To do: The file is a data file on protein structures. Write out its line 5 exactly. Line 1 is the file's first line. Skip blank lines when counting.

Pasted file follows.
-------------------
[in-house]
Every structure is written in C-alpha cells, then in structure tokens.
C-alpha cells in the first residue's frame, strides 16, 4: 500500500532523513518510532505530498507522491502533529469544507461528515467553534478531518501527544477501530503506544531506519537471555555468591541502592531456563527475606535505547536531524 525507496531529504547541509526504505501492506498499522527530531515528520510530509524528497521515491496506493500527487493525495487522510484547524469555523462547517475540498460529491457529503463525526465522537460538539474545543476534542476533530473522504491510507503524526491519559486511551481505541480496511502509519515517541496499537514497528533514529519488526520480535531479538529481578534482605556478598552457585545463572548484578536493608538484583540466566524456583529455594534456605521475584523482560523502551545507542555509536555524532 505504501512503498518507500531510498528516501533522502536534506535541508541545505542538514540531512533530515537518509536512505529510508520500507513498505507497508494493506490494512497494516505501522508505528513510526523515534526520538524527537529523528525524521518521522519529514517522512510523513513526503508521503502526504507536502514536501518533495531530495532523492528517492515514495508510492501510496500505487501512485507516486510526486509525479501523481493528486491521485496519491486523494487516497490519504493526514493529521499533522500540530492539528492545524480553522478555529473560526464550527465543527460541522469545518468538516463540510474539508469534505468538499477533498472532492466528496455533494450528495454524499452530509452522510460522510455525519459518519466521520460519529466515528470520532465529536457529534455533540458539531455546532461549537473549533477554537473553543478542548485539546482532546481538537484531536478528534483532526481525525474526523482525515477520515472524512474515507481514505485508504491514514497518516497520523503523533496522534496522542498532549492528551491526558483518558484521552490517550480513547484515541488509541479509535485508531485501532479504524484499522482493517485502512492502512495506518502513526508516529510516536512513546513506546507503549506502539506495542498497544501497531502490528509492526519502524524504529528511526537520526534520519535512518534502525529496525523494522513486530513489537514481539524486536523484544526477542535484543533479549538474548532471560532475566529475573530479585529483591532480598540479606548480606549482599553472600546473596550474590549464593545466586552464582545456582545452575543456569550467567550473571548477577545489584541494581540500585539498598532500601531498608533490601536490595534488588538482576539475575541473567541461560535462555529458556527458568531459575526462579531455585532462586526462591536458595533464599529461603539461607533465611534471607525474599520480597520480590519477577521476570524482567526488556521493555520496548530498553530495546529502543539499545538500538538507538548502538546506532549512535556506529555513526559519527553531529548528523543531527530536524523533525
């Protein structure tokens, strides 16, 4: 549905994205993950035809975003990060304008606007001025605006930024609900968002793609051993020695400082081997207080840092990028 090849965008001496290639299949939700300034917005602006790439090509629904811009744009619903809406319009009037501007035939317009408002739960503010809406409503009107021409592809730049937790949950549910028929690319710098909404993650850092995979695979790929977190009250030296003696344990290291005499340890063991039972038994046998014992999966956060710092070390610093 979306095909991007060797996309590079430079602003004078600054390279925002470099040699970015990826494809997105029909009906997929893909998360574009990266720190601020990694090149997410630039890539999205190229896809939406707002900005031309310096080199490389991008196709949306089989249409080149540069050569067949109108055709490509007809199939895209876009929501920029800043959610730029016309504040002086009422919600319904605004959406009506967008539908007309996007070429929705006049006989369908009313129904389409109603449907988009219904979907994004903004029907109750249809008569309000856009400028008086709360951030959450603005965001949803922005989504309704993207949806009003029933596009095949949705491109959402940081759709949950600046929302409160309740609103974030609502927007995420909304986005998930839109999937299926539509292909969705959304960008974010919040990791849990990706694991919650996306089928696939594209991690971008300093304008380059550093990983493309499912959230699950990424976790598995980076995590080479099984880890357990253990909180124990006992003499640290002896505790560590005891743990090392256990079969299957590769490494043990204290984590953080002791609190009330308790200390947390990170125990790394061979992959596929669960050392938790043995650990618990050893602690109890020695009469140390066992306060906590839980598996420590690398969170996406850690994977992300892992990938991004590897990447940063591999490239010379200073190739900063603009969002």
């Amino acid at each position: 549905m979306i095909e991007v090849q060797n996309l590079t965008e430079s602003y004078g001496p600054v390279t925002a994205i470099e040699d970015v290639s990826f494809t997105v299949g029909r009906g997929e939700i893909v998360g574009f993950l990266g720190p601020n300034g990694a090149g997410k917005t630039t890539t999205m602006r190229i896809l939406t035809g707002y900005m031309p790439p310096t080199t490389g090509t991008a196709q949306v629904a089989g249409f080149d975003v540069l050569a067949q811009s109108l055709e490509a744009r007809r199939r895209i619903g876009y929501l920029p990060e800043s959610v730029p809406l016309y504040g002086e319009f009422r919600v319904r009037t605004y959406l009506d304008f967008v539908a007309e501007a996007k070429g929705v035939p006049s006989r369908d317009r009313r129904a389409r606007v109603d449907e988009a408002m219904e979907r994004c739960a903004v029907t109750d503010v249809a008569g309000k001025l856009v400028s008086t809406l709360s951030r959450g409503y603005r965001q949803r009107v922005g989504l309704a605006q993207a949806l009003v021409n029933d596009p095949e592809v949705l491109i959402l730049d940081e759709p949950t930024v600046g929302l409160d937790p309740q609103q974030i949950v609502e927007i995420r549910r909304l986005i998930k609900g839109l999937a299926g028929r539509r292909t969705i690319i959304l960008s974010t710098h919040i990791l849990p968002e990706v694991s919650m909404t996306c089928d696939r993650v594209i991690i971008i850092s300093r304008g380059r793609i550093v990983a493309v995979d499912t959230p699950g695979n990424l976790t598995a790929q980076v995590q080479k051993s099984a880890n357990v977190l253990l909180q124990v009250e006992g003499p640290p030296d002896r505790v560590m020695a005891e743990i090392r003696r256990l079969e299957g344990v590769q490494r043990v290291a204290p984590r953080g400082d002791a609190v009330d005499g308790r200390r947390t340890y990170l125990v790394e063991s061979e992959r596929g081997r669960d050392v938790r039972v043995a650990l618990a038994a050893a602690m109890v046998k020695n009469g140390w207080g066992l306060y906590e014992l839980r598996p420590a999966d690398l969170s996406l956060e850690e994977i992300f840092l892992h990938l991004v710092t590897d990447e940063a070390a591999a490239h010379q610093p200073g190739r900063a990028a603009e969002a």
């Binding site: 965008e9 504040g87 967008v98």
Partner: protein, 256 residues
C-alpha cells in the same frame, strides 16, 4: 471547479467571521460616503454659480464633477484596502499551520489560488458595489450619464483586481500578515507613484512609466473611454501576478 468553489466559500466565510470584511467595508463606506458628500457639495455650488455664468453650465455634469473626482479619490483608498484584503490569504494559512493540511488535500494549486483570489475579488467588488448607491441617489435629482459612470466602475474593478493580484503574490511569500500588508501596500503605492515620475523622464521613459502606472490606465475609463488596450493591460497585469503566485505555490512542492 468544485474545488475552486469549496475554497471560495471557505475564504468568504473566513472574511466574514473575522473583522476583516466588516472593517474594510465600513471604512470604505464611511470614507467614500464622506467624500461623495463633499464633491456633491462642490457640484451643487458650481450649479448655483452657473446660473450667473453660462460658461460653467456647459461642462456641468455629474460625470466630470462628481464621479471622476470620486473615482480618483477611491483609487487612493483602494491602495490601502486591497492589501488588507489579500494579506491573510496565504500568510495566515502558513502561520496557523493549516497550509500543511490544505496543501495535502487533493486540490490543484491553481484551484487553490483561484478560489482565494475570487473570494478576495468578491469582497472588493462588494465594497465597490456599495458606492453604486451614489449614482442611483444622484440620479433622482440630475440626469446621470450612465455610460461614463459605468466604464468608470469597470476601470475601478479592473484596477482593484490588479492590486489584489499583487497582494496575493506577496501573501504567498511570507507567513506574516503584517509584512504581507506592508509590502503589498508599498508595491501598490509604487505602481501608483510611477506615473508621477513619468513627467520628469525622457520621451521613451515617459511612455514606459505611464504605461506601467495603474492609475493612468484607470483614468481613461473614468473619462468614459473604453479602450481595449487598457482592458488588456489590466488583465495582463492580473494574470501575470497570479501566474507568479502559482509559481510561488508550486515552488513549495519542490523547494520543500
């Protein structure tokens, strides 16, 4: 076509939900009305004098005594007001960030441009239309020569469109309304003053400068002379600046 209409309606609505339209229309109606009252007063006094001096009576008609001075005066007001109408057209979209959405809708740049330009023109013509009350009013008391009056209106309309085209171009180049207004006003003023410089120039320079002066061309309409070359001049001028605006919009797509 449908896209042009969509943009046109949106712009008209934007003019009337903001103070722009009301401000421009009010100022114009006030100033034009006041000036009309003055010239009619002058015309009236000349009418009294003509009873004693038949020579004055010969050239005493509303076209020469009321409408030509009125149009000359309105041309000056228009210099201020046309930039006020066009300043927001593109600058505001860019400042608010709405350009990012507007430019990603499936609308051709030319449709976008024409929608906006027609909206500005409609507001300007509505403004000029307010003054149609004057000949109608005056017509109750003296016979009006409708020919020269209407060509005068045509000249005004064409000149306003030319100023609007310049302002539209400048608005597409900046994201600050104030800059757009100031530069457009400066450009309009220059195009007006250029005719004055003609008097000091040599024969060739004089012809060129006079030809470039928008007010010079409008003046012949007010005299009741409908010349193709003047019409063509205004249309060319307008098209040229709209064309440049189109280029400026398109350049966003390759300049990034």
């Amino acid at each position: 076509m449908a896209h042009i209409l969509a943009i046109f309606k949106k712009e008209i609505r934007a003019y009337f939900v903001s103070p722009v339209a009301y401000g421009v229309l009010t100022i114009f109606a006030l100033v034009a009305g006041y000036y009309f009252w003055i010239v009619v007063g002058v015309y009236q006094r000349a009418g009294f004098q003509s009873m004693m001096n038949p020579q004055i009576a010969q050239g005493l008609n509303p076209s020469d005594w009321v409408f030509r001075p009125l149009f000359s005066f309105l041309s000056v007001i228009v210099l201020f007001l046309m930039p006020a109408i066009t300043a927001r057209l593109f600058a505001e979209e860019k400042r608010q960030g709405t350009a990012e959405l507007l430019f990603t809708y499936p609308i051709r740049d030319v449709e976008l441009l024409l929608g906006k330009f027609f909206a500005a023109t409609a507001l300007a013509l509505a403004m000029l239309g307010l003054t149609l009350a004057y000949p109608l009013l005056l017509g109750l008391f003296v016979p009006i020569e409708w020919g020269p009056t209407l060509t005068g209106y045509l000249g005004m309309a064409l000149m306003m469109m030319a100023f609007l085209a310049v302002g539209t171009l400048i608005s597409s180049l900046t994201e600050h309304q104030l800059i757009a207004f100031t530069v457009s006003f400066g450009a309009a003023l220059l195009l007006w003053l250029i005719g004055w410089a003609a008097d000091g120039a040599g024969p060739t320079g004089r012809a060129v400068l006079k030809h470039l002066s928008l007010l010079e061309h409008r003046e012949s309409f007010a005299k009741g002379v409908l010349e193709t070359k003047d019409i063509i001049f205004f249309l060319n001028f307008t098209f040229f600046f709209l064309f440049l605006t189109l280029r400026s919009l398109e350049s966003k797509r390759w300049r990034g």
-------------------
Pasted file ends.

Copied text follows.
């Amino acid at each position: 549905m979306i095909e991007v090849q060797n996309l590079t965008e430079s602003y004078g001496p600054v390279t925002a994205i470099e040699d970015v290639s990826f494809t997105v299949g029909r009906g997929e939700i893909v998360g574009f993950l990266g720190p601020n300034g990694a090149g997410k917005t630039t890539t999205m602006r190229i896809l939406t035809g707002y900005m031309p790439p310096t080199t490389g090509t991008a196709q949306v629904a089989g249409f080149d975003v540069l050569a067949q811009s109108l055709e490509a744009r007809r199939r895209i619903g876009y929501l920029p990060e800043s959610v730029p809406l016309y504040g002086e319009f009422r919600v319904r009037t605004y959406l009506d304008f967008v539908a007309e501007a996007k070429g929705v035939p006049s006989r369908d317009r009313r129904a389409r606007v109603d449907e988009a408002m219904e979907r994004c739960a903004v029907t109750d503010v249809a008569g309000k001025l856009v400028s008086t809406l709360s951030r959450g409503y603005r965001q949803r009107v922005g989504l309704a605006q993207a949806l009003v021409n029933d596009p095949e592809v949705l491109i959402l730049d940081e759709p949950t930024v600046g929302l409160d937790p309740q609103q974030i949950v609502e927007i995420r549910r909304l986005i998930k609900g839109l999937a299926g028929r539509r292909t969705i690319i959304l960008s974010t710098h919040i990791l849990p968002e990706v694991s919650m909404t996306c089928d696939r993650v594209i991690i971008i850092s300093r304008g380059r793609i550093v990983a493309v995979d499912t959230p699950g695979n990424l976790t598995a790929q980076v995590q080479k051993s099984a880890n357990v977190l253990l909180q124990v009250e006992g003499p640290p030296d002896r505790v560590m020695a005891e743990i090392r003696r256990l079969e299957g344990v590769q490494r043990v290291a204290p984590r953080g400082d002791a609190v009330d005499g308790r200390r947390t340890y990170l125990v790394e063991s061979e992959r596929g081997r669960d050392v938790r039972v043995a650990l618990a038994a050893a602690m109890v046998k020695n009469g140390w207080g066992l306060y906590e014992l839980r598996p420590a999966d690398l969170s996406l956060e850690e994977i992300f840092l892992h990938l991004v710092t590897d990447e940063a070390a591999a490239h010379q610093p200073g190739r900063a990028a603009e969002a």